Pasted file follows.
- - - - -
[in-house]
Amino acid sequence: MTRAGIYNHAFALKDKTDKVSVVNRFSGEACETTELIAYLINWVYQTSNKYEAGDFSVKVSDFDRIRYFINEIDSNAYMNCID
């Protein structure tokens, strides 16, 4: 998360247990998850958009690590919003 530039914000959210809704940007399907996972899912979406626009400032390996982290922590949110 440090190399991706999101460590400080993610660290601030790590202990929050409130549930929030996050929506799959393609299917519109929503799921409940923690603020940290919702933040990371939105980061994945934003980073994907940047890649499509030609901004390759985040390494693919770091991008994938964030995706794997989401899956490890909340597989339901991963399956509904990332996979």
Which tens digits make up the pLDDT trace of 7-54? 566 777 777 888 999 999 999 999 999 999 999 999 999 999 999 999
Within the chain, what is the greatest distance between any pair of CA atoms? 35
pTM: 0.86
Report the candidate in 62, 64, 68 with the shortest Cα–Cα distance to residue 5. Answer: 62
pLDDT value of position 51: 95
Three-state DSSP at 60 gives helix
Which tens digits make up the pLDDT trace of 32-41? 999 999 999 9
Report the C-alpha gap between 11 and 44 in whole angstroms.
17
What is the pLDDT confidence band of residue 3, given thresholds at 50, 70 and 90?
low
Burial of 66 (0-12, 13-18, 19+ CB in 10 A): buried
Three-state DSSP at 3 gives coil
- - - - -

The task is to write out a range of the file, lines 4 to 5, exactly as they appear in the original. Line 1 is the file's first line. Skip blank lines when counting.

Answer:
Which tens digits make up the pLDDT trace of 7-54? 566 777 777 888 999 999 999 999 999 999 999 999 999 999 999 999
Within the chain, what is the greatest distance between any pair of CA atoms? 35